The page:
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Identifying fire coral

By Slickrock Adventures on February 13, 2012

As most snorkelers and divers know, there are plenty of things underwater that can sting you: anemone, jelly fish, scorpion fish, sea urchins to name a few. Of course, there is nothing particularly special about the underwater environment that produces stinging creatures. Many land environments produce just as many stinging plants and animals. For example, the high desert canyon country of southern Utah where I live is chock full of cacti, spanish bayonet yucca, scorpions, spiders etc. And yet in over 19 years of exploring the desert backcountry here, it has been a very rare occasion that I or anyone I know incurs a sting.

On land, we are familiar with the plants and animals and easily identify those that might harm us. Also, we are used to accurately controlling our position and motion relative to the things around us. When learning to dive in a new place, almost every plant or animal we encountered is new to us. And to make matters more complicated, floating and weightless in water, it can take a little time to learn to accurately control our position and motion relative to stationary things like reefs and sponges and things that sting.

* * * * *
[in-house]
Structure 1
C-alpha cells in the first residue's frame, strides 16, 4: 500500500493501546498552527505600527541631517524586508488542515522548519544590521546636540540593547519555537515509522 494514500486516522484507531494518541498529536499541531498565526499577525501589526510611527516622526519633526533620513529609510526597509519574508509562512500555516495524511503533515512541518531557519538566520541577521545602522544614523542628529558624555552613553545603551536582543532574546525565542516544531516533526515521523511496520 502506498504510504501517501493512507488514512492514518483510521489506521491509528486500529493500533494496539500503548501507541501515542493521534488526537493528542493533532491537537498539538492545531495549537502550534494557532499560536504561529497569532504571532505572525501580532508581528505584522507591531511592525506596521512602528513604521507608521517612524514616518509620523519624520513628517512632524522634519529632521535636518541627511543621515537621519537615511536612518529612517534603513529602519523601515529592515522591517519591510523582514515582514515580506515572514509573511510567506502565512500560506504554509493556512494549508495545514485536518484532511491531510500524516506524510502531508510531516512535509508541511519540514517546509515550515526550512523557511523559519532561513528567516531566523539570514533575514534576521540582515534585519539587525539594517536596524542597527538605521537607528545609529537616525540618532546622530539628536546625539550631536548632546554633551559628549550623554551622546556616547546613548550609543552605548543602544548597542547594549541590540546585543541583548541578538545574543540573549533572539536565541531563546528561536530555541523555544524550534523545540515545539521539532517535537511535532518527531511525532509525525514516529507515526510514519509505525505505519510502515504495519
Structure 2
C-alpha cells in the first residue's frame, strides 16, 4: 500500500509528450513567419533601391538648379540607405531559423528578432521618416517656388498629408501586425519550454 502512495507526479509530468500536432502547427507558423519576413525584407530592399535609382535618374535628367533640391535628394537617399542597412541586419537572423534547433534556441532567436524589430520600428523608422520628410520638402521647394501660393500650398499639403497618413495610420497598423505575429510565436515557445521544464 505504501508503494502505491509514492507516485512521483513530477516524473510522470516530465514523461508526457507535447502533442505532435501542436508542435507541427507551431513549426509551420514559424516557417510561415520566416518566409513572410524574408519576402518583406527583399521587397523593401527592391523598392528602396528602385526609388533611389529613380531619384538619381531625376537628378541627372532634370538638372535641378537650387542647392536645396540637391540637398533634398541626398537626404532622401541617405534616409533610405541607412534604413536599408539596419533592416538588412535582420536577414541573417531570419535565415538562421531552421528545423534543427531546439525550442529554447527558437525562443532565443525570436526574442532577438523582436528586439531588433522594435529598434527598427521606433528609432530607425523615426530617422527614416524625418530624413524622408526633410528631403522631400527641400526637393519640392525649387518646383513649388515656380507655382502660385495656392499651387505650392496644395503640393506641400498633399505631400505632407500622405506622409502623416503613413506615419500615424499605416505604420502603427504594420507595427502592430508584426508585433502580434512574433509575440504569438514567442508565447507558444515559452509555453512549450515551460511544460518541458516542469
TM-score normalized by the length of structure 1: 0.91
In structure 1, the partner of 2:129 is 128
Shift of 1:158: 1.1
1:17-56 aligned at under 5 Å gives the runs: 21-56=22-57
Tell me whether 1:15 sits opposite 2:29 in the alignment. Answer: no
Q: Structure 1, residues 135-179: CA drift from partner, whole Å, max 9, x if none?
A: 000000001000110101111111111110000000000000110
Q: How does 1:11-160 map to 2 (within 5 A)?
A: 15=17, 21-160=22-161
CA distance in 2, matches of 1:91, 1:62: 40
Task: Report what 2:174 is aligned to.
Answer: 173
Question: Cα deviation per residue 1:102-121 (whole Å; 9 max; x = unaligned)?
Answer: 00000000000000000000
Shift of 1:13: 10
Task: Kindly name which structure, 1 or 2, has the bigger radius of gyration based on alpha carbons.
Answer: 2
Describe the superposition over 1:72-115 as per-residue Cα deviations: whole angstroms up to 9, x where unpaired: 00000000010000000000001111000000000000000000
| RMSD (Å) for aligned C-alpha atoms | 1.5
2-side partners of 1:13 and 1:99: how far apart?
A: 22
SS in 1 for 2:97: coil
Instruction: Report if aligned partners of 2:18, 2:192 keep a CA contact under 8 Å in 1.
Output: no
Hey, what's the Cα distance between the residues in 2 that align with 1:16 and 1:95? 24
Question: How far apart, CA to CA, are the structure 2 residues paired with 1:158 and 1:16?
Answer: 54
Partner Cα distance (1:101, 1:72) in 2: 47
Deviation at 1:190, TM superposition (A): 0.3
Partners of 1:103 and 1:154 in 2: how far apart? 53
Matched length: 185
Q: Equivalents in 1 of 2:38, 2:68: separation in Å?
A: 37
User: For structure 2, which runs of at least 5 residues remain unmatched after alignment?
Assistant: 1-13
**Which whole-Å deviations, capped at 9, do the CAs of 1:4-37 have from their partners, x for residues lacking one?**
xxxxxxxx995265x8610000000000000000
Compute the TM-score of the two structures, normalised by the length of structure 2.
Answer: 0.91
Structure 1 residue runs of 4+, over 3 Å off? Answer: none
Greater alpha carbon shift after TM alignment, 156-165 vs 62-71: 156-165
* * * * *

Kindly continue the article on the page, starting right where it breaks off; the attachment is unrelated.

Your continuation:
But with the help of our experienced guides, even our guests who are snorkeling or diving for the very first time acclimate quickly.

Staying safe while diving on the reef is mostly a matter of paying attention and learning which creatures to avoid touching. One that deserves special attention is the fire coral, so named for the sting it inflicts if a diver accidentally brushes up against it with his bare skin.

Fire corals are marine organisms that form colonies that look just like real coral but they are actually more closely related to the jellyfish family and other stinging anemones. One of the tricky things about fire coral is that it takes on a wide variety of forms. But all have certain characteristics in common, such as their mustard color and white tips, that make identifying them easier. Here is an excellent short article on the variety of fire coral forms and how to spot them.